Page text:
Thursday 21 March 2024

Pratincoles Arriving & Other Spring Happenings

The arrival of Oriental Pratincoles marks the proper beginning of spring migration, they are always a spring migrant that I enjoy seeing immensely, as they are graceful in the air, and simply quite elegant when perched. I saw my first two along the gravel roads at Tai Sang Wai.

Oriental Pratincole

Many of our egrets are now moulting into their breeding plumage, such as this Eastern Cattle Egret, which is seen in full breeding plumage with bright orange head. Yellow Bitterns are present throughout the year, although their numbers do increase in spring and peaks during summer, I have been seeing quite a few of them in Mai Po, although I think most of them are over wintering birds instead of spring migrants.

Eastern Cattle Egret  - breeding plumage

Yellow Bittern

My long staying Citrine Wagtail was still present up until earlier in the month, later on joined by a moulting male, its colours are really coming through now, I am hoping it will stay long enough that it will become a full breeding plumage male! Although I doubt it will stay that long, and is expecting its departure any day now. Around the same area there were at least a pair of Greater Painted Snipes.

Citrine Wagtail - likely female

Citrine Wagtail - male assuming breeding plumage

Greater Painted Snipe - male

Some wintering birds remains, such as the Olive-backed Pipits which can still be found quietly walking around various parks or the footpaths at Mai Po. Ashy Drongo is one of our typical wintering forest bird, a few can still be found around Tai Po Kau, although I have a feeling they may be departing soon, as is the long staying Verditer Flycatcher there, which I have been fortunate enough to have seen on numerous occasions. While there are Chinese Blackbirds that breeds in Hong Kong, the majority of them are winter visitors, I had a very nice looking male on the side of the road one day.

Olive-backed Pipit

Ashy Drongo - race leucogensis

Verditer Flycatcher - male

Chinese Blackbird

Another long staying winter 'rarity' is the lonesome Greater White-fronted Goose at Mai Po, I caught up with it again one day, and was very glad to see its transformed into adult plumage. I was lucky that day and caught it walking around in front of the bird hide.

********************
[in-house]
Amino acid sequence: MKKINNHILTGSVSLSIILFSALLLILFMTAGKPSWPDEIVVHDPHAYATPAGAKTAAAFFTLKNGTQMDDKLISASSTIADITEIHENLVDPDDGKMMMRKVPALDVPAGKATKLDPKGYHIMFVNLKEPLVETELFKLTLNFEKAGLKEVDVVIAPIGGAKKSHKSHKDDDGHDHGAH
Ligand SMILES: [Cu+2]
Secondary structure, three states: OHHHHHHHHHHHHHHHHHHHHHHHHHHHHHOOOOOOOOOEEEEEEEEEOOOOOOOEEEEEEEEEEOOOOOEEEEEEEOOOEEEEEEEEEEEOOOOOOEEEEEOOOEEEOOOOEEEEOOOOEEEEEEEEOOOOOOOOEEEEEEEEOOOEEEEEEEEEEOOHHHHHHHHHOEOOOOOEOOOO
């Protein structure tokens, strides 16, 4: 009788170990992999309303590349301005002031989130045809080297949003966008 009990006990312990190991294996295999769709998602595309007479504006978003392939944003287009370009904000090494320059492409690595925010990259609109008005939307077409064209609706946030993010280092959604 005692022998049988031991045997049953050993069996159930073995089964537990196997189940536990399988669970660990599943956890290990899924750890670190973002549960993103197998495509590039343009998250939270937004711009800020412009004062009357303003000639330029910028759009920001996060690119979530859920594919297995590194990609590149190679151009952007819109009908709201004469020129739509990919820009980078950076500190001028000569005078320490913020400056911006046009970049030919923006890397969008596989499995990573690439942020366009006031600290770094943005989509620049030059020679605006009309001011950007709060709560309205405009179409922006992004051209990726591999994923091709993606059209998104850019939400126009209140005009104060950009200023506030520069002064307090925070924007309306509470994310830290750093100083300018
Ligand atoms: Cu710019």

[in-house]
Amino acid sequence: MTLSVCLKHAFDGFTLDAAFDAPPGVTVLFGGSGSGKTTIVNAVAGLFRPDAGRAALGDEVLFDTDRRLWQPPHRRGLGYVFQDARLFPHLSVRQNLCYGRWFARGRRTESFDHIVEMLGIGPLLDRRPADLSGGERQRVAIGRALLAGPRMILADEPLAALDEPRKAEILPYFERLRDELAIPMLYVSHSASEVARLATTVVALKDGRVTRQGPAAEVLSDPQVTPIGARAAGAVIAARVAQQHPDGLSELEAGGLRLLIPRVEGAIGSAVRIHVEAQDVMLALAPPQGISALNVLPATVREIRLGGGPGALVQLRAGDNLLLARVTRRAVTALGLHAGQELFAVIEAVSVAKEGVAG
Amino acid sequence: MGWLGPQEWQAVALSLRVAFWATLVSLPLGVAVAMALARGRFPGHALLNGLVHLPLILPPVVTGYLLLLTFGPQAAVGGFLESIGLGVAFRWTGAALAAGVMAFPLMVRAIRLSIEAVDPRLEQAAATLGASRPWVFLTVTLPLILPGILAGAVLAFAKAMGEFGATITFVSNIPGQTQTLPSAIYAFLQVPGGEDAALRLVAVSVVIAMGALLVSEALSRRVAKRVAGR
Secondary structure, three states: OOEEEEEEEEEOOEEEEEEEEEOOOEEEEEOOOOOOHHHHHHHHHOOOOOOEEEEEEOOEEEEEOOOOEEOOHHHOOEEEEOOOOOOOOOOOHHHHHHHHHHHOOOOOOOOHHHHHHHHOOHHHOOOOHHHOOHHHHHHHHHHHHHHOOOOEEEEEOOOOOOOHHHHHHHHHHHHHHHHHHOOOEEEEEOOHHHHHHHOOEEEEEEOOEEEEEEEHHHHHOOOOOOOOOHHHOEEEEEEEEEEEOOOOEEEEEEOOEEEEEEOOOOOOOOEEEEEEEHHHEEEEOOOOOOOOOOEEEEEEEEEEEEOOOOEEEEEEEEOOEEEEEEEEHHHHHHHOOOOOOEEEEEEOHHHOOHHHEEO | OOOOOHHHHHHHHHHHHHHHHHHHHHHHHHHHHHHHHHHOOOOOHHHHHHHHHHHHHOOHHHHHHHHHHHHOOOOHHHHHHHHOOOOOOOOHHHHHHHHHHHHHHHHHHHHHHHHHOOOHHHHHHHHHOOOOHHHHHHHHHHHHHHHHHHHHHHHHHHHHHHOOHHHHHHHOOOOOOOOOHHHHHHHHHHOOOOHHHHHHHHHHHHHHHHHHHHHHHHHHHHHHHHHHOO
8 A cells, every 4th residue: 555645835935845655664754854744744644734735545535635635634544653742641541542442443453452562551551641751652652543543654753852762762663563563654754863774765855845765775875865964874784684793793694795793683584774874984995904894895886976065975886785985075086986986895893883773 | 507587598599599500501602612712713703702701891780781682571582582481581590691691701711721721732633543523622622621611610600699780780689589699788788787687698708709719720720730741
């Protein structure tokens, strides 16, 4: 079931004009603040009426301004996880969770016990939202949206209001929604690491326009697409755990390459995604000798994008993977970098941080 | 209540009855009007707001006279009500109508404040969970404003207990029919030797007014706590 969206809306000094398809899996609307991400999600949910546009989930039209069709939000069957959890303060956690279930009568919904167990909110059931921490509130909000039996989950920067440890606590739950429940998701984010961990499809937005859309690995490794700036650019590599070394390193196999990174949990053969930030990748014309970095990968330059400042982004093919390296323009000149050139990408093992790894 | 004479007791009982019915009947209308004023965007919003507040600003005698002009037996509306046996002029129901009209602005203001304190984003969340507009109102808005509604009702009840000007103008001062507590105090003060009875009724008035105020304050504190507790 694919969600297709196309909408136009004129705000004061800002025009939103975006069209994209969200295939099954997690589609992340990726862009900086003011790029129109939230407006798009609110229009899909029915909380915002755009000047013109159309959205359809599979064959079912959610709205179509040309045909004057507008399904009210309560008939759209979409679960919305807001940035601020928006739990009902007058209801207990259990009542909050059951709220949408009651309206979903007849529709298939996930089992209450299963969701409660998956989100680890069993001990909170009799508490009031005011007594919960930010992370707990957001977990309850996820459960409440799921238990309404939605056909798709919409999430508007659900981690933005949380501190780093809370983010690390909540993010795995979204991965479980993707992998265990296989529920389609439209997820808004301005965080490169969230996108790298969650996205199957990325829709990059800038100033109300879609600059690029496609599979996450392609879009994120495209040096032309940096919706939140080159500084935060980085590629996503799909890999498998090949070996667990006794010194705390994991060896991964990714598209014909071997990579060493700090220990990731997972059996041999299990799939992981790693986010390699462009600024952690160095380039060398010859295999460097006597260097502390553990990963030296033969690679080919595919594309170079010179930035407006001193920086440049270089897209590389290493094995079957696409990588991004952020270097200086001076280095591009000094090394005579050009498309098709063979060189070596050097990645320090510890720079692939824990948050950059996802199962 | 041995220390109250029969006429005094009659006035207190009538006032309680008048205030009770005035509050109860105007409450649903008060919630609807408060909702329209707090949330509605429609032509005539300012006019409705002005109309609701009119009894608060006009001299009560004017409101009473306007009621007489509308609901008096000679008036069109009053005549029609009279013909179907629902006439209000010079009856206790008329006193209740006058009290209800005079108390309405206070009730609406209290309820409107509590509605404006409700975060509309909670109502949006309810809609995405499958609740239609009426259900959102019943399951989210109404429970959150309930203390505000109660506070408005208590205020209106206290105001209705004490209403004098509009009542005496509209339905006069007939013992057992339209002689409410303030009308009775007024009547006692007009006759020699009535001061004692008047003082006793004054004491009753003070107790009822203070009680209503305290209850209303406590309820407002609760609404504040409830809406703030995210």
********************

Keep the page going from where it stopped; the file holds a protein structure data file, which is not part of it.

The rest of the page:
Greater White-fronted Goose - long staying rarity

The single Carrion Crow have been relatively reliable at Mai Po and Lut Chau area, quite often following the local Collared Crows, I was lucky enough to have seen this one a couple of times.

Carrion Crow - another long staying rarity

Other wintering birds lingering on includes a few Eastern Buzzards, while other larger birds of prey such as Imperial and Greater Spotted Eagles have mostly moved on, as they usually start doing so around March, Ospreys though often stay in Hong Kong a bit longer. The Black-capped Kingfisher out on the mudflat was still present, although not always presenting itself to visiting birders.

Eastern Buzzard


Black-capped Kingfisher

Over at Tai Po Kau, I managed a male Mrs. Gould's Sunbird, this is a wintering species in Hong Kong generally, and this winter have been a fairly good year for this species despite being generally a poor winter for other birds. This one surprisingly was not found on a flowering tree, but amongst other birds in a small bird wave.

Mrs. Gould's Sunbird - male

A good sign of spring at Tai Po Kau is the constant call of barbets, espeically Chinese Barbets which are very vocal at this time of the year. I got lucky with one that showed relatively well, but heard at least two around the nature reserve. Great Barbets are difficult to see in Hong Kong, although they have been relatively stable near Tai Po Kau Park, where a few often visited the blooming bombax trees, still not a bird you can guarantee to see on every visit.